Apr 10 2014 - 7:44 pm

Mother, son commit suicide after 'League of Legends' argument

How serious is video game addiction? The American Psychiatric Association is considering officially recognizing the disorder, and the U

How serious is video game addiction? The American Psychiatric Association is considering officially recognizing the disorder, and the U.S. wouldn't be the first country to do. Whether you consider it a legitimate illness or just a symptom of “kids being kids,” one thing is clear—when gaming messes with personal health and safety, it should be taken seriously. Nowhere is this more evident than in China, where an argument over gaming addiction recently preceded a double suicide.

China has a long history of clamping down on gaming and has even passed regulations aimed at limiting the amount of time young people play online games. But that didn’t stop a 16-year-old boy from Guangyuan in Sichuan province from heading straight to a local gaming cafe after school. The boy, who has not been named in Chinese news reports, was an avid League of Legends player.

But when he didn’t return home by the evening, his mother became worried. She began searching every gaming cafe she could find, until she eventually found him. A loud argument ensued, culminating in the mother announcing that she was going to kill herself. “You go online and I can’t control you, so I’ll just go die!” she allegedly said.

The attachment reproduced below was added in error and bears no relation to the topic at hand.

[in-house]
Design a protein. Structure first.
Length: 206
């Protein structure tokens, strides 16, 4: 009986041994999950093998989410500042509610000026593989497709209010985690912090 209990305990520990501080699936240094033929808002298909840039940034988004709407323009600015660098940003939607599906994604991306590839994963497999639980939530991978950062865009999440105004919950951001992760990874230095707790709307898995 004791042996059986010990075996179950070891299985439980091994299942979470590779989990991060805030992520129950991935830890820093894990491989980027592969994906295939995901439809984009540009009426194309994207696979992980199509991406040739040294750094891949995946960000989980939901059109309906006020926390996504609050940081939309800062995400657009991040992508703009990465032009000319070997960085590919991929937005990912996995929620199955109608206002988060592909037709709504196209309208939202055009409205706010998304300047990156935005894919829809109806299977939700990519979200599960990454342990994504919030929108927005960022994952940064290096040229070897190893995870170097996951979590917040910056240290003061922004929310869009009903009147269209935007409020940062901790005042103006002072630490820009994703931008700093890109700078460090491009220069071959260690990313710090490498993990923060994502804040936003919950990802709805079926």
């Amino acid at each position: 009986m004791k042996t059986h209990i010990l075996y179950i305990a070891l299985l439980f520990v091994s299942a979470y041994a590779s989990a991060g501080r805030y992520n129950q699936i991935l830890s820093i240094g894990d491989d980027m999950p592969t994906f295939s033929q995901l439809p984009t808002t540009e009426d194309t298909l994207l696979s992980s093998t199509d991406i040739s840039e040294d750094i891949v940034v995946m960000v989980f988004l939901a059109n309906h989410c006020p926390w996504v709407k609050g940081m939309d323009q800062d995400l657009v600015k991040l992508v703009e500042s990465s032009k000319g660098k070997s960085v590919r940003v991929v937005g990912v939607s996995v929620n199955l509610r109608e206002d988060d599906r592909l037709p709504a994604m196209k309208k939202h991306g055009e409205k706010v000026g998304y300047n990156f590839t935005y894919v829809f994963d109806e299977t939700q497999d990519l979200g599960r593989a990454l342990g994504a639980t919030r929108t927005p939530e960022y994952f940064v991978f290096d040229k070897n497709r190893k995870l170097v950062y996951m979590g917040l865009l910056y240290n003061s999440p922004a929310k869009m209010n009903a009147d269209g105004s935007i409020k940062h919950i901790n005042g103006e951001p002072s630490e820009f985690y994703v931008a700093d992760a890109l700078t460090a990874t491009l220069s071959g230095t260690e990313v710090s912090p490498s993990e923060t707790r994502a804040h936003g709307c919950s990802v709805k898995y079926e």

The mother dragged her son to the banks of the nearby Jialing river. After calling her husband, Sun Guangming, to tell him that she was going to kill herself, she walked out into the river and was quickly caught by the current and dragged under, despite her son’s attempts to save her.

When the father arrived on scene, he scolded his son and kicked him. Having watched his mother get taken away by the current and now facing the wrath of his father, the son then plunged into the river himself. The father, crying out “I also don’t want to live, I will go with you,” was stopped just short of following his son by policemen.

Neither the son nor his mother have been seen since, and are presumed to have drowned.

We'll never know what exactly led to these deaths. But while it may convenient to blame video game "addiction," the fact is that suicide usually stems from far more complex emotional and mental issues. Whatever happened on that day, it began long before the son spent all day in an Internet cafe.

For more information about suicide pervention or to speak with someone confidentially, contact the National Suicide Prevention Lifeline (U.S.) or Samaritans (U.K.). 

Photo via Games in Asia/Sina News